I started my trip with the same low level anxiety as always, repeating the litany of things I must remember: My car is parked in Row 3 south, four spaces from the entrance, the parking ticket is in the pocket with my AAA card. Do I have my plane ticket? Driver’s license? Meds? Credit Card? Phone? I have three things to keep track of: My purse, my carry-on, my suitcase. Check the suitcase. Done. Now I still have three things to keep track of : My purse, my carry-on, my boarding passes. What’s that gate number again? E23. E23, E23. One, two, three. I still have three things. How am I doing on time? Picture ID is out and ready.
Once not long ago these questions were routine and fleeting, part of the excitement of travel, anticipation of a new experience–England, New Zealand, India. But then there were two of us to remember things. Then I could whip my carry-on into the overhead bin without a thought.Then there was no security gauntlet.
Of course, now there are some compensations that come with age. I no longer have to take off my shoes to pass security. This trip I discovered they had given me a coveted “pre-chk” boarding pass that shifted me into the fast lane. I’d been “profiled” and achieved the security status of “certifiably harmless.”
In Phoenix I had twenty-five minutes to hit the restroom and get to the gate on another faraway concourse for the connecting flight to Minneapolis/St. Paul. I was halfway there, puffing along anxiously when a young man came along with an empty wheelchair. He picked me out of the crowd and said, “Would you like a ride to your gate?” “Yes!” Even a few years ago I would have waved him off disdainfully. Now I was grateful.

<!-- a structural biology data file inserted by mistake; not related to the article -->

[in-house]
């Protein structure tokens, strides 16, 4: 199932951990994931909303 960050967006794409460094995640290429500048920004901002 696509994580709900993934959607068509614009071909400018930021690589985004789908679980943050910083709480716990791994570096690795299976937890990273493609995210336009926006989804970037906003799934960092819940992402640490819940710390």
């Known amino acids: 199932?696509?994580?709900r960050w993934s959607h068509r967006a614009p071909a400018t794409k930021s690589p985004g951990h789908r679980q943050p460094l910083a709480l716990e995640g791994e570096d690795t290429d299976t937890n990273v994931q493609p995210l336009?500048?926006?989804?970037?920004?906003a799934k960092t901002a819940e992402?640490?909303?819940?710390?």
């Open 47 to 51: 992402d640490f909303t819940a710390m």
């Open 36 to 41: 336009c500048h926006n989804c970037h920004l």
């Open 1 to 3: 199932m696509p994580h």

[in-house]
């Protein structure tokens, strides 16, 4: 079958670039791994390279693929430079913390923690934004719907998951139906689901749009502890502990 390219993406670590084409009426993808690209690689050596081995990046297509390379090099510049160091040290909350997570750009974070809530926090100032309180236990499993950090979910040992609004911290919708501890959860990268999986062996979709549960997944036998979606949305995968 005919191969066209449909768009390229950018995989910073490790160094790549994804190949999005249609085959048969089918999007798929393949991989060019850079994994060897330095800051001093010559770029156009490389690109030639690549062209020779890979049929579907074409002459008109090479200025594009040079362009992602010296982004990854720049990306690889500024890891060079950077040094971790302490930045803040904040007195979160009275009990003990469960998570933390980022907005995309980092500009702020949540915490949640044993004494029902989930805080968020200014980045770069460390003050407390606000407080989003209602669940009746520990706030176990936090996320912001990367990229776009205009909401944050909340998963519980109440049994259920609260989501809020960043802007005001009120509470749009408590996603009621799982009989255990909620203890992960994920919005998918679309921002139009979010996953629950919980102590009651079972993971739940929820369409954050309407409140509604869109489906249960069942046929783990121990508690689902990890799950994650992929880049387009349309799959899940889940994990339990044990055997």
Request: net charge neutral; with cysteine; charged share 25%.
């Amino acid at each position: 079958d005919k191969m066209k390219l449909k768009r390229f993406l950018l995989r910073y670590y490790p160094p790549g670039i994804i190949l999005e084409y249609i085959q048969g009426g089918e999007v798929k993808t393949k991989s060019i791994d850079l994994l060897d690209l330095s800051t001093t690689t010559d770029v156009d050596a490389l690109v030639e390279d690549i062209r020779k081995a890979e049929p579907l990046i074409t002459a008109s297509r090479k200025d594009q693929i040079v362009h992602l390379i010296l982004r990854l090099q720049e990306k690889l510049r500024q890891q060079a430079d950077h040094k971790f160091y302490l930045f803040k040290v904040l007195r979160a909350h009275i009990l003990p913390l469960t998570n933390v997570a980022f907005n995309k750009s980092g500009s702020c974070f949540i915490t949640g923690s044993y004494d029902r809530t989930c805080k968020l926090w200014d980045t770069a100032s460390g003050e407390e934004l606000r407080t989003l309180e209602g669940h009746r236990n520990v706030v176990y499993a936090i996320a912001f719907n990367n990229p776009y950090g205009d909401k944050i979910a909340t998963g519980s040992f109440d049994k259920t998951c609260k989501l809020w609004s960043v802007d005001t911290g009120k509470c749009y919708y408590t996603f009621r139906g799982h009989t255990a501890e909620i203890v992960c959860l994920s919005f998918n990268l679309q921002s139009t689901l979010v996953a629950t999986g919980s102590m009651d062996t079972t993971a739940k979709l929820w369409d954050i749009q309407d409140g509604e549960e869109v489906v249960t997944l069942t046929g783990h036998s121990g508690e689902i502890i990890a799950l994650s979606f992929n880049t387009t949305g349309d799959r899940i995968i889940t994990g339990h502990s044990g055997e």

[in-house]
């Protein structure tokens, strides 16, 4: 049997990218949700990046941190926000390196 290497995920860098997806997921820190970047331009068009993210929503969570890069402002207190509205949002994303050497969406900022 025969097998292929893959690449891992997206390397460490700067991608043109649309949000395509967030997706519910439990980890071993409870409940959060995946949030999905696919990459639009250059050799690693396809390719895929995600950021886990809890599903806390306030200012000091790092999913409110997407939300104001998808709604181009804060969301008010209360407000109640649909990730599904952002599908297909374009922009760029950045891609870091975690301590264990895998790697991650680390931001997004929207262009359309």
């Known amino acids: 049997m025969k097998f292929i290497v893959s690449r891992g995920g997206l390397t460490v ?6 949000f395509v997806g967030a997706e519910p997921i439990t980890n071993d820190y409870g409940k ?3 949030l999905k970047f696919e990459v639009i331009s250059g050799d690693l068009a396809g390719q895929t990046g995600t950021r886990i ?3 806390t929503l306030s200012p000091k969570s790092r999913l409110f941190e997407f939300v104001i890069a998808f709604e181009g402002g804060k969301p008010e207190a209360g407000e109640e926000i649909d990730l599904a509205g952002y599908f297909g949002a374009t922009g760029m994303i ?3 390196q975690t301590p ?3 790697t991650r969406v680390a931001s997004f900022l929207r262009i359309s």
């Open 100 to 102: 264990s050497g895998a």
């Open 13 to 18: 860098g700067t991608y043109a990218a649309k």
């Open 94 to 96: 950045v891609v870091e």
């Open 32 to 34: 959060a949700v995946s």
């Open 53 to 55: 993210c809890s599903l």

I had another hour or so in the Minneapolis airport before Cara could pick me up, which I spent happily with a sweet little lunch at the French Meadow Cafe, some actual shopping ( I found the perfect soft cuddly poncho for the chilly evenings I knew were coming.) and spent a half hour with Ralph, the delightful and entertaining shoeshine guy, who brought my scruffy boots back to gleaming newness.
It was a good trip (Good for a few more blogs, too. Watch this space.) full of family, hugs, old familiar streets. But, as much as I love them all, I’m happy to be back home with my furries, my own refrigerator, my own bathroom, my own remote, indulging in my idiosyncratic bad habits. It was Thanksgiving Day and I found some tamales in the freezer to have for supper. And just in the nick of time. My salsa level was getting dangerously low. I have much to be thankful for.